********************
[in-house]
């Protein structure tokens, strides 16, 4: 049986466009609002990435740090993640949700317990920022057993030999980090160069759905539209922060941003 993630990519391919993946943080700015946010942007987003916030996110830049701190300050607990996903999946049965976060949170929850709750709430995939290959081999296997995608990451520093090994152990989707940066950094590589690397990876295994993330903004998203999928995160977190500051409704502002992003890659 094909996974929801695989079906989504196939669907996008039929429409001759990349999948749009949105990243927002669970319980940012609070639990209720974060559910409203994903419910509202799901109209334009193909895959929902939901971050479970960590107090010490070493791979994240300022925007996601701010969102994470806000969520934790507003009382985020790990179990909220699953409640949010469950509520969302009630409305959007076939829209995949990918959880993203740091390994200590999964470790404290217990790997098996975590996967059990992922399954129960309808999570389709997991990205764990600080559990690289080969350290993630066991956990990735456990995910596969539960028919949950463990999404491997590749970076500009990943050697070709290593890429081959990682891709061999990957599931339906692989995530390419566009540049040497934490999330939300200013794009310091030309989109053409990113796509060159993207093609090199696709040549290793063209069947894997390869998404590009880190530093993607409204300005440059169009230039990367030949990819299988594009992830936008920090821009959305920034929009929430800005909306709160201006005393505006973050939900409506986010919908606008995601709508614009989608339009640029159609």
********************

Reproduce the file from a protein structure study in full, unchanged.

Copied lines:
[in-house]
């Protein structure tokens, strides 16, 4: 049986466009609002990435740090993640949700317990920022057993030999980090160069759905539209922060941003 993630990519391919993946943080700015946010942007987003916030996110830049701190300050607990996903999946049965976060949170929850709750709430995939290959081999296997995608990451520093090994152990989707940066950094590589690397990876295994993330903004998203999928995160977190500051409704502002992003890659 094909996974929801695989079906989504196939669907996008039929429409001759990349999948749009949105990243927002669970319980940012609070639990209720974060559910409203994903419910509202799901109209334009193909895959929902939901971050479970960590107090010490070493791979994240300022925007996601701010969102994470806000969520934790507003009382985020790990179990909220699953409640949010469950509520969302009630409305959007076939829209995949990918959880993203740091390994200590999964470790404290217990790997098996975590996967059990992922399954129960309808999570389709997991990205764990600080559990690289080969350290993630066991956990990735456990995910596969539960028919949950463990999404491997590749970076500009990943050697070709290593890429081959990682891709061999990957599931339906692989995530390419566009540049040497934490999330939300200013794009310091030309989109053409990113796509060159993207093609090199696709040549290793063209069947894997390869998404590009880190530093993607409204300005440059169009230039990367030949990819299988594009992830936008920090821009959305920034929009929430800005909306709160201006005393505006973050939900409506986010919908606008995601709508614009989608339009640029159609």